If marketing and the buyer's reality are aligned, these elements create a virtuous cycle, where the promise of the ad matches the experience delivered. The result is ongoing brand loyalty.

But if all the company cares about is marketing, it all starts to fall apart in the ZMOT and the SMOT. The cycle is destroyed and you have a pissed-off customer telling anyone who will listen that they've been duped. That's why Jim Lecinski (speaking on behalf of Google) rightly stresses the importance of the ZMOT for marketers. It's where the rubber starts to hit the road.

I don't care if Messrs. Rudnick and Martinez have a sore spot for Google. I do care when they imply those 13 years plus of producing high-quality search results and deeply caring about the user are irrelevant, and that Google bought its way to the top of the search engine heap through marketing. That's dangerous thinking, for any industry. We have enough crap to fix in corporate America without letting offhand comments like these go unanswered. It's this kind of thinking that got us into the mess we currently find ourselves.

Let's appreciate quality when we see it, and not assume the whole world is a sucker for a quick pitch!

9 comments about "In Defense Of Google ".
Check to receive email when comments are posted.
  1. Aaron Bradley from SEO Skeptic, August 18, 2011 at 1:09 p.m.

    Well said. I've argued before that you don't get to the top of the search heap and stay there by marketing alone, as there's more than one search engine out there and people *will* bail on it if there's better results available.

    Your Bing example is particularly apt. Neither the $100 million that was pumped into Bing when Live Search was relaunched under the Bing nor the bundling of Bing with IE (the use of that browser being the single greatest predictor of Bing use - and try even adding Google to IE9) has had much of an impact on overall market share in North America, and has barely made a tick in European search engine market share. Marketing doesn't always triumph, no matter how much money you pump into a campaign. Or maybe there's more Zunes out there then I'm aware of.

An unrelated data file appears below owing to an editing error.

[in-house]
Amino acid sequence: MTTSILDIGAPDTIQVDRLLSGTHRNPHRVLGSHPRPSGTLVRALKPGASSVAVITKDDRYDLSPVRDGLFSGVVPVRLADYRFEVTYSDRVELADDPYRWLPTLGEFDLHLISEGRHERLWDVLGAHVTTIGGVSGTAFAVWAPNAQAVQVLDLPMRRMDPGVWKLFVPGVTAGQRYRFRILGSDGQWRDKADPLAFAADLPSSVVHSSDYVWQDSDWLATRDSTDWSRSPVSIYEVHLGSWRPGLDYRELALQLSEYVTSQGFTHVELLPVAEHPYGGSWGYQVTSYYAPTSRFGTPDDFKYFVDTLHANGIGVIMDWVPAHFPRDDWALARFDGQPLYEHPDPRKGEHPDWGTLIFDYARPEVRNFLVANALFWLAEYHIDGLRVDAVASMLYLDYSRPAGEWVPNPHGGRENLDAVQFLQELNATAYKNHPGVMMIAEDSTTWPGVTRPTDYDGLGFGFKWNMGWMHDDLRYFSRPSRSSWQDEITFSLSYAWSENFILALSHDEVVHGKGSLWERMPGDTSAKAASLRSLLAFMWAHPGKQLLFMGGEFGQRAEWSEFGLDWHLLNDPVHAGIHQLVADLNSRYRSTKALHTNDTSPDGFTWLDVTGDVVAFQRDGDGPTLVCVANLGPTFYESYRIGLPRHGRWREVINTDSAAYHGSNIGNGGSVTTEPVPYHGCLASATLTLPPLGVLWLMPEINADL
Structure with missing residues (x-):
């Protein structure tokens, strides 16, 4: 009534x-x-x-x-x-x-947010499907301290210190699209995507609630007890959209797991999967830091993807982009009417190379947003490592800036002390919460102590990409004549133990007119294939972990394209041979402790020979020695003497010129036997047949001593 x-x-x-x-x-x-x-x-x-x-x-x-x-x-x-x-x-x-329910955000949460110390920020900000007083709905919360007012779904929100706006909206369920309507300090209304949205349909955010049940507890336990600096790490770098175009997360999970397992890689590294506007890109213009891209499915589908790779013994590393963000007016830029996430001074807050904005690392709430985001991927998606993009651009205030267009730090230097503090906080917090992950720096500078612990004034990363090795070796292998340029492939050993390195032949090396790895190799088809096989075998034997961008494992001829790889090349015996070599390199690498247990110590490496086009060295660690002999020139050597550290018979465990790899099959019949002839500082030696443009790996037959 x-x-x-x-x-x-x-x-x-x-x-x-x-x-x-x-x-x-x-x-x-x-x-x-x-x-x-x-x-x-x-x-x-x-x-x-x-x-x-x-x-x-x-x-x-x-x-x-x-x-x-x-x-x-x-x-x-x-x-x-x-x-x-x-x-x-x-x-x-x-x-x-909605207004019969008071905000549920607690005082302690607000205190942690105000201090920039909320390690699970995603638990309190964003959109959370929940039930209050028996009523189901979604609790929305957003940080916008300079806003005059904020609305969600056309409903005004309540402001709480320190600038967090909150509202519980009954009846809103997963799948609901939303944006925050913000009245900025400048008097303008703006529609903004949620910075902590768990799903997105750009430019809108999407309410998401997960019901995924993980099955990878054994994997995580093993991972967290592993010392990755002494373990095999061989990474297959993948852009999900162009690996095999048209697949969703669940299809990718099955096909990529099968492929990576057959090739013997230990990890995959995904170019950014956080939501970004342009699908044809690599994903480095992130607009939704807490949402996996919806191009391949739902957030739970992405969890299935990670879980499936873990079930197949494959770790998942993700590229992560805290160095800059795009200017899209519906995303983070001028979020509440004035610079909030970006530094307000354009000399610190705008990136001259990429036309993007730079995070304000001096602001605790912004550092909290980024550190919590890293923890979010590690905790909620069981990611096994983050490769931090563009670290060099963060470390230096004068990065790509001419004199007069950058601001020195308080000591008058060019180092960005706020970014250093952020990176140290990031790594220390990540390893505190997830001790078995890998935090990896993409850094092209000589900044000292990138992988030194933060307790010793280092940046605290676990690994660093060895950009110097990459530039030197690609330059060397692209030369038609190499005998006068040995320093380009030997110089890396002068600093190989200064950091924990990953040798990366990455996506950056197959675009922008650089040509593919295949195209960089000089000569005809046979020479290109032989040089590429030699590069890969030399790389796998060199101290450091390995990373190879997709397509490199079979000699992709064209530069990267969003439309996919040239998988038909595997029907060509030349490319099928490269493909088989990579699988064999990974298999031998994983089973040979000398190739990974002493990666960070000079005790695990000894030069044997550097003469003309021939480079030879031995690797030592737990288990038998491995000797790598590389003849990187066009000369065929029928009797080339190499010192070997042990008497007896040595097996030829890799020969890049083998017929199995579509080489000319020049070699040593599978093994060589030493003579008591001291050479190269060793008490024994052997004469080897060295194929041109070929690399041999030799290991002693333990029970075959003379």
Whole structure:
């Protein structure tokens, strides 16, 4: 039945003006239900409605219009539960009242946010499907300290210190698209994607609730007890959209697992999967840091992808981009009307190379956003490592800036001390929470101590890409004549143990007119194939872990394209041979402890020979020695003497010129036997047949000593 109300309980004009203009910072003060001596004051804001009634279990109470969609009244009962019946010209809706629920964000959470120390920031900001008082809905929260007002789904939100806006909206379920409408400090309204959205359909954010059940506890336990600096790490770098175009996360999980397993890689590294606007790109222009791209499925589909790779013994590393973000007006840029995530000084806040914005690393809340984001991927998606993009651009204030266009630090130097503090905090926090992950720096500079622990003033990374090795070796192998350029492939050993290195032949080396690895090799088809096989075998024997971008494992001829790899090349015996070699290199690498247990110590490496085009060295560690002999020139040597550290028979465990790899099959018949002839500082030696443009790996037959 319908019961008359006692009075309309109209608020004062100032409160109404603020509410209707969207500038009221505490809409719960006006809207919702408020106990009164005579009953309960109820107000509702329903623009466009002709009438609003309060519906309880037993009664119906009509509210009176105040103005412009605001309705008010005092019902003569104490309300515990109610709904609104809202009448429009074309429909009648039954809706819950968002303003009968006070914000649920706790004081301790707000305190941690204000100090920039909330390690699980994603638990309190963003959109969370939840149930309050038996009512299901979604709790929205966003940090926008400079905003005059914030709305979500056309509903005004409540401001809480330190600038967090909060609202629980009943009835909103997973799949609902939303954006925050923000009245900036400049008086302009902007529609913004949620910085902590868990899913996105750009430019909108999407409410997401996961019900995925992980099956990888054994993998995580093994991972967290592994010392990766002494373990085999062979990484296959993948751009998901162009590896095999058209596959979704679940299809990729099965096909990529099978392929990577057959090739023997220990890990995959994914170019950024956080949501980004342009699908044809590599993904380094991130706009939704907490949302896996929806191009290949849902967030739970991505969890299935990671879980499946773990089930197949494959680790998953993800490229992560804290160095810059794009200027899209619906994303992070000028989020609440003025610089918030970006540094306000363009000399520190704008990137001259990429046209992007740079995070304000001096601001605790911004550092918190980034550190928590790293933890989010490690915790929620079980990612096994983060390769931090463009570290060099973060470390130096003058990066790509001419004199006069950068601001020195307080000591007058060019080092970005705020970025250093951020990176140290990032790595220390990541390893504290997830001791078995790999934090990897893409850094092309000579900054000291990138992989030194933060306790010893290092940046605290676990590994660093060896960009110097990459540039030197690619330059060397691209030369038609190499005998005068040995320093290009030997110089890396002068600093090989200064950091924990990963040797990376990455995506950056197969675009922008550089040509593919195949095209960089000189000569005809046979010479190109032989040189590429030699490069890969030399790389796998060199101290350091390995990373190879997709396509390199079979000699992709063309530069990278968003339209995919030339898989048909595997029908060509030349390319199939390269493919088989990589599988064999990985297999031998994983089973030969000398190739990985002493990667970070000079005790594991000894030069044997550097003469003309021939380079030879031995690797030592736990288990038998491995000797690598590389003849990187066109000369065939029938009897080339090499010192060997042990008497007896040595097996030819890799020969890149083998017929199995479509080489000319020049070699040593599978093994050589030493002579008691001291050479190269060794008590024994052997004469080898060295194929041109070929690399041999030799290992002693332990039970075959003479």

(Way back in the day I put a post on threadwatch pillorying for their incomprehensible "its the algorithm" campaign, and was in turn pilloried for criticizing how Ask spent their marketing dollars. One way or another the campaign certainly didn't help Ask overcome their market share woes; it is, of course, no longer a search engine.)

  2. Stephanie Holland from Holland+Holland Advertising, August 18, 2011 at 4:15 p.m.

    Well said, Gord.

    Poor marketing keeps a good product from seeing it's potential.

    Great marketing, as you said, kills a bad product faster than anything.

    But a great product will win out. I think that was proven with Buzz, Orkut and Wave. All Google, same marketing... but not good products. As the cliche now goes... the power has shifted to the consumer and no matter the fluff of the marketing, expectations are greater.

  3. Derek Gordon from Re:Imagine Group, August 18, 2011 at 4:20 p.m.

    Testify! (A better response than I could've written myself, Gord.)

  4. Jim Dugan from PipPops LLC, August 18, 2011 at 5:19 p.m.

    It reminds me of two companies.

    First, Groupon. Every time I try to see something positive in their "marketing" business model, an article comes along like this that reminds of what's not good for the SMOT aspect for any business whenever using Groupon.